Tottenham Court Road Police Station Tales from the early 1930s

By Simon Glyndwr John My father Dai John, from Swansea, joined the Metropolitan police in 1929 and served until 1968. He served as a Police Constable (PC) at Tottenham Court Road Police Station (The “Nick”) from 1929-1938. From 1937 -1968 my parents, my sisters and I lived in the police flats, now Bloomsbury Terrace, in …

Ford Maddox Ford: at Fitzroy Square my eyes first opened

By Jess Owen One of the more glaring omissions in Mike Pentelow's Characters of Fitzrovia is Ford Maddox Hueffer. A grandson of the artist Ford Maddox Brown, he spent his childhood years at 37 Fitzroy Square. A poet, critic, editor and novelist; he helped transform English letters. But for him, it all began in Fitzrovia. …

The Boy From Charlotte Street: My first school years

By Sam Lomberg MBE From the age of four (1924) I attended Upper Marylebone Street School (later called Cavendish Street), just around the corner from Charlotte Street. A London County Council school opened in 1914 and divided into a boys school, girls school and infants school. It was a three-storey building, well planned, light and …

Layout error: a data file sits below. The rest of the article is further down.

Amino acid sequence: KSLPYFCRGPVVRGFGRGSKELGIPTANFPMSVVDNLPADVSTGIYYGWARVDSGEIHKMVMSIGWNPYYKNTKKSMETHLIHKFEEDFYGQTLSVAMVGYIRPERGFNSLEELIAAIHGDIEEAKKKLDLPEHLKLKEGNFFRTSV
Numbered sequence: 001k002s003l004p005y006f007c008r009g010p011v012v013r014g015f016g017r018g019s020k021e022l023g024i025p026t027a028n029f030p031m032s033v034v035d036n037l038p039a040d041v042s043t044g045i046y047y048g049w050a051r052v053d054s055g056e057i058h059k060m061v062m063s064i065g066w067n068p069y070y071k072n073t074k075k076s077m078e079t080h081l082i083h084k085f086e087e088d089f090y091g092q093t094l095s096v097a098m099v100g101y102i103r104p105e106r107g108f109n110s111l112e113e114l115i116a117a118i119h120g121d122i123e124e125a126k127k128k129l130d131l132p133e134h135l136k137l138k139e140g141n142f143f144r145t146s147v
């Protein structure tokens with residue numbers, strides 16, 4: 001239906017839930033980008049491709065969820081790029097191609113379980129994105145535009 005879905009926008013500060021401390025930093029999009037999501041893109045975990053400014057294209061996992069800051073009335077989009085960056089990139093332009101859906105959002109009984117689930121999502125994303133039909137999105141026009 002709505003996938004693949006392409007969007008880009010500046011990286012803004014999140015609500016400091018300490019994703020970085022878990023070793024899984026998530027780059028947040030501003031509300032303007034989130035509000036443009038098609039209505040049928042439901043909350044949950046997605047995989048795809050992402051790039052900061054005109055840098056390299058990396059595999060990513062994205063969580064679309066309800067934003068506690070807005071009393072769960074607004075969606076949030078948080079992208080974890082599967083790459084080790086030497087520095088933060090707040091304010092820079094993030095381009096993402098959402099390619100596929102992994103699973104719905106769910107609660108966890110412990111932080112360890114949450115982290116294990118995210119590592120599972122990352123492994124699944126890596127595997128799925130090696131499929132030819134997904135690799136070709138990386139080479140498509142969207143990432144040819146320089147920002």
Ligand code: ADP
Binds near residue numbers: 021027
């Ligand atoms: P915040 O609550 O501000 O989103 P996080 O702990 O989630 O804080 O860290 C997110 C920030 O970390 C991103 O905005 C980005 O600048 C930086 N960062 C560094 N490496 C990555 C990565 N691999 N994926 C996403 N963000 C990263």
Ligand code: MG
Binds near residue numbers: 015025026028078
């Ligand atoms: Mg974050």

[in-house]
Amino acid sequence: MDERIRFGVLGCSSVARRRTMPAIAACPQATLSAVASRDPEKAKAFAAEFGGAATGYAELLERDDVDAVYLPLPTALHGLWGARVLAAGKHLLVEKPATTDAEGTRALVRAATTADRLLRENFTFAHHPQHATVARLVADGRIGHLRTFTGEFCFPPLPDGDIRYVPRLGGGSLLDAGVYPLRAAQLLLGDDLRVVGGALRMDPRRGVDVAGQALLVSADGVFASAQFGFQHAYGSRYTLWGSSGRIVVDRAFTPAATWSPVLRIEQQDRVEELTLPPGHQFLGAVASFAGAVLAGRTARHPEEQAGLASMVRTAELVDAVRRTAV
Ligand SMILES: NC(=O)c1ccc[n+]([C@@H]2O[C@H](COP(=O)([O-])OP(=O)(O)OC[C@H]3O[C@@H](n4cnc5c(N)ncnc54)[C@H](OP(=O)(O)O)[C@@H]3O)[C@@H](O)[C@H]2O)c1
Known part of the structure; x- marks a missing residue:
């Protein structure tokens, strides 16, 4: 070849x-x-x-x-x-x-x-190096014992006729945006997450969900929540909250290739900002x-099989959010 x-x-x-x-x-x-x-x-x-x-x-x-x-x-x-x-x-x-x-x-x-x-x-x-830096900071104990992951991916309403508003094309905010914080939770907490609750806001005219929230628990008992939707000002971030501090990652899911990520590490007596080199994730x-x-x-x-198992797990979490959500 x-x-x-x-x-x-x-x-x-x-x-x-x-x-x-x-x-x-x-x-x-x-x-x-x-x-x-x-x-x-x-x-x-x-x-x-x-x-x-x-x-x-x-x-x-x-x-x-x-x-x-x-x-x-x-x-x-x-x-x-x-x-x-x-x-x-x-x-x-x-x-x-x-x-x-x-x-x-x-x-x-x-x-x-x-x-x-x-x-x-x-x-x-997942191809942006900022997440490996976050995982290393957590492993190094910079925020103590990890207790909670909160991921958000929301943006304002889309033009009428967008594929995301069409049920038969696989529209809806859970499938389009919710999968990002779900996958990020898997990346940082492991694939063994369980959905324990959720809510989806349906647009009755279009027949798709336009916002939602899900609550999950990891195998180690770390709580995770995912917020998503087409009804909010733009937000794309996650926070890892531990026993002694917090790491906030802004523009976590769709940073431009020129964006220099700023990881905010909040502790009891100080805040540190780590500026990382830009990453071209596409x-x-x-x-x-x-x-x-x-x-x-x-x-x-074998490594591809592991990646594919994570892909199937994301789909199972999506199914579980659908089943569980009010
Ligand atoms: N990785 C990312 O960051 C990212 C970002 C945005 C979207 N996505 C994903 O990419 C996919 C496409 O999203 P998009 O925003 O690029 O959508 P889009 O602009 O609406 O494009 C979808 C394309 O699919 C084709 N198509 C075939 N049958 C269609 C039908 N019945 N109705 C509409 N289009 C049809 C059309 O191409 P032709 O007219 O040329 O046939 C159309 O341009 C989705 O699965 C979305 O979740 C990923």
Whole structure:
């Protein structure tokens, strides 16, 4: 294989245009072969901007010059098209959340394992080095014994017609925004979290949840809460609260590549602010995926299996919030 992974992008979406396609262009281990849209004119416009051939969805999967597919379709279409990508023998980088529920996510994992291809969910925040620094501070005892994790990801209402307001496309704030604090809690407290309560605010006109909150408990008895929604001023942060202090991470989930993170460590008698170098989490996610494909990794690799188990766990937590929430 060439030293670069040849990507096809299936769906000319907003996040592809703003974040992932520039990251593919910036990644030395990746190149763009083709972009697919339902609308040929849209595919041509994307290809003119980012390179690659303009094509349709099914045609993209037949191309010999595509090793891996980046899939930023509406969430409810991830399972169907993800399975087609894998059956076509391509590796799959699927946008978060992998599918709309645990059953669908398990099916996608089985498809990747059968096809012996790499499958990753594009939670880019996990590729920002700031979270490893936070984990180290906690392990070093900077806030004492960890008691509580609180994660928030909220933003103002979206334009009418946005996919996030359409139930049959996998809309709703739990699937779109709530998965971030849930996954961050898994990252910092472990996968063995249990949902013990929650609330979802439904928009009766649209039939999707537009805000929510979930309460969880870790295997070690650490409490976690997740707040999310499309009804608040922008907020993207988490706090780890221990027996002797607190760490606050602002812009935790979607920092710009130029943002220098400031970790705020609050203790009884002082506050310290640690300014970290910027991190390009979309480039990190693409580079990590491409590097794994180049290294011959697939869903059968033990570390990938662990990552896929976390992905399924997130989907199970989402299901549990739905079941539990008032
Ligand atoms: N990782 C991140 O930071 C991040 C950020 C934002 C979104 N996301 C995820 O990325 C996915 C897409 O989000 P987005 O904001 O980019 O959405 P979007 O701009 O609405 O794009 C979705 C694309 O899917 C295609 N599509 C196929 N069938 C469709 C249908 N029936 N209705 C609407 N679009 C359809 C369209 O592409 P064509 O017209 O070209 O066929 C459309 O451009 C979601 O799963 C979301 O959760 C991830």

Discover Fitzrovia: “London’s forgotten community”

By Linus Rees Robert Elms described Fitzrovia as "one of London's forgotten little communities" as he chatted with artist Kristina O'Donnell on his BBC London radio show today, ahead of a fund-raising guided tour which will take place tomorrow evening (Thursday 16 June). Kristina was a guest on the show to talk about the project …

Writers, artists and boozers return to the scene of the crime

By Jack Warner The scene of the notorious murder that inspired The Blue Lamp will today be visited on a guided walk led by writers Paul Willetts and Cathi Unsworth, and artist Garry Hunter. The event is part of the Fitzroiva Noir arts trail currently taking place all over Fitzrovia. The walk will also be …

Fitzrovia pubs: 4. Stags Head, 102 New Cavendish Street

By Mike Pentelow This was the first port of call for poet Dylan Thomas most days and where his generous patron Margaret Taylor (wife of historian A J P Taylor) tried to track him down. He used to hide behind the bar from where "his hand would sneak round the flap, groping for another pint" …

What happened to the promise of better times?

There were “haves and have nots” when I was a child, but it seems to me there are now more “have nots” than ever. I’ve experienced squatters, hunger strikers and mass unemployment, so I can understand the present reaction to houses standing empty and poor housing, not to forget the increase of gated cities. And for me the most distressing part of my visit was the very sad sight of so many people sleeping on the streets – a lot of them so young.